‘Ma Rainey’ composer Branford Marsalis remembers Chadwick Boseman: “He was all about the work”

The late Marvel icon is tipped to win a posthumous Oscar this weekend

Perhaps the biggest story of this weekend’s Oscars is also the saddest. Late actor Chadwick Boseman, who died last year after a long battle with cancer, is up for a posthumous Academy Award. It would surely have been the first of many, but for the tragic circumstances.

Considered the strong favourite for Actor in a Leading Role, Boseman’s likeable turn as ambitious trumpeter Levee in blues-soaked biopic Ma Rainey’s Black Bottom is one of his best. Filled with witty one-liners and cheeky grins across set – not to mention the impressive musicality involved: Boseman learned to play trumpet and sings in the film – it’s the kind of performance that only a first-rate talent in his prime could come up with.

To learn more about the last work of Marvel‘s foremost Black pin-up, we sat down with Ma Rainey composer and legendary saxophonist Branford Marsalis. He remembers Chadwick as a “serious” and committed artist who was “there to work” – but that doesn’t mean he didn’t know how to have a good time…


Ma Rainey's Black Bottom
Chadwick Boseman makes his final film appearance in the new Netflix musical drama. Credit: Netflix

Chadwick was full of surprises

The Black Panther icon always gave 100 per cent, even in scenes that weren’t actually being filmed. “[After filming], we get these guys in the studio to recreate the scene and have [musicians] play along so everything will be exact,” explains Marsalis. For the scene in question, Marsalis’ bass player (a real-life pro) was overdubbing the jazzy riff from an early bit in the movie when Toledo, played by Glynn Turman, makes a speech about how Black people want to party all the time.

“There’s a part [in that scene] based on an old Jelly Roll Morton song called ‘Doctor Jazz‘,” says Marsalis. “It goes: ‘When the world’s gone wrong/And I got the blues/He’s the one who makes me put on my dancing shoes’. When they got to that Chadwick just belted out ‘Wooaahh when the world is wrong…’ and when it was over I was like ‘This is the one, they’re not gonna get this better in post, forget it.’ So that’s what’s in the movie. It was completely unexpected because it was a bass session, and he just nailed it. It was perfect.”

Nobody knew he was unwell

Boseman’s four-year fight against colon cancer is well-documented now, but until his death he kept everything private. Not even those who worked closely with him had any clue.

“We didn’t know he was sick,” says Marsalis. “Chadwick was there to work. He was working on other films after this, he was just moving along… They were laughing and having a good time, but it was all about the work and everyone was serious.”

Ma Rainey's Black Bottom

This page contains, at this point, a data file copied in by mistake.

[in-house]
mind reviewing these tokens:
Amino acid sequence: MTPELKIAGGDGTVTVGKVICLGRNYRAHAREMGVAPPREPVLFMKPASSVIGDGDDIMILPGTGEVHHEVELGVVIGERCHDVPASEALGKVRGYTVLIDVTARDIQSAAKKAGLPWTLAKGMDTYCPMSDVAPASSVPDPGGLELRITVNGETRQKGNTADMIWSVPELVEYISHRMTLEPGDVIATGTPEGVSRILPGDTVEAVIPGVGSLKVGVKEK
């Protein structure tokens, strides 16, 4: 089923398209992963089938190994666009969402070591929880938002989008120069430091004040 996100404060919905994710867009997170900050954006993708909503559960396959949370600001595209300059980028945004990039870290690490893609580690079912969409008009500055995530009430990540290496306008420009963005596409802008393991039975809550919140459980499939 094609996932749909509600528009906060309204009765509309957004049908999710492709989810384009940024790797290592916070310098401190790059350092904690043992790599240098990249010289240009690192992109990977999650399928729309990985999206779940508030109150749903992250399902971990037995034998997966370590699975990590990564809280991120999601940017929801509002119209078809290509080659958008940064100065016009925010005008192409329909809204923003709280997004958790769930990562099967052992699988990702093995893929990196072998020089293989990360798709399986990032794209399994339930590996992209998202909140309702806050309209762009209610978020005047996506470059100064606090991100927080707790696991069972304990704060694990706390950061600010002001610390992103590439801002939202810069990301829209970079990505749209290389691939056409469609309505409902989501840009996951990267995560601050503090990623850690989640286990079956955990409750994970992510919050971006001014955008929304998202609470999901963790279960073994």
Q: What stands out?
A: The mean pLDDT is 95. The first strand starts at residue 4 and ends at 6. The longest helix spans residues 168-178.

Viola Davis as the titular 1920s blues singer. CREDIT: Netflix

The way the actors held their instruments was crucial


Acting among Oscar-winners (Viola Davis) is hard enough, but the extreme detail each cast member went into on Ma Rainey was next level. Luckily, they had three-time Grammy winner Marsalis on hand to make sure they looked like real musicians.

“The actors were all great: Chadwick Boseman, Glynn Turman, Michael Potts and Colman Domingo really worked on getting the positions of their instruments right,” he says. “It’s really minute detail but musicians play instruments with a certain physicality that differs based on the instrument. So I wanted to make sure that they physically looked like they were playing the instruments they were playing. On shoot days, they would all come over as a group and we’d put on the track and they’d play along with it – and I would just look at them. It wasn’t about: ‘Oh, make sure your fingers are exact’ because that takes decades to get right and we didn’t have that kind of time. So the thing that I stressed with them was that you have to sing along with the solos and learn them – because once you learn them you can make sure your hands are not moving when there’s no sound.”

The Deep South had a massive impact on the music

Ma Rainey, the 1920s ‘Mother of the Blues’, is a little-known figure with a huge legacy, long-overdue her moment in the spotlight. As such, Marsalis (who was born and raised around African American music mecca New Orleans) drew on the Georgia-native’s Deep South roots when he was putting together the film’s band.

“New Orleans is the only place left where musicians still play outside with regularity. I am accustomed, based on geography, to hearing instruments sound a certain way,” explains Marsalis. “So because the music was supposed to be from the ’20s, when everyone played outside all the time for as long as they could, I wanted to find musicians who had what I call ‘outside sound’ as opposed to the controlled environment of an inside sound.”

‘Ma Rainey’s Black Bottom’ is streaming now on Netflix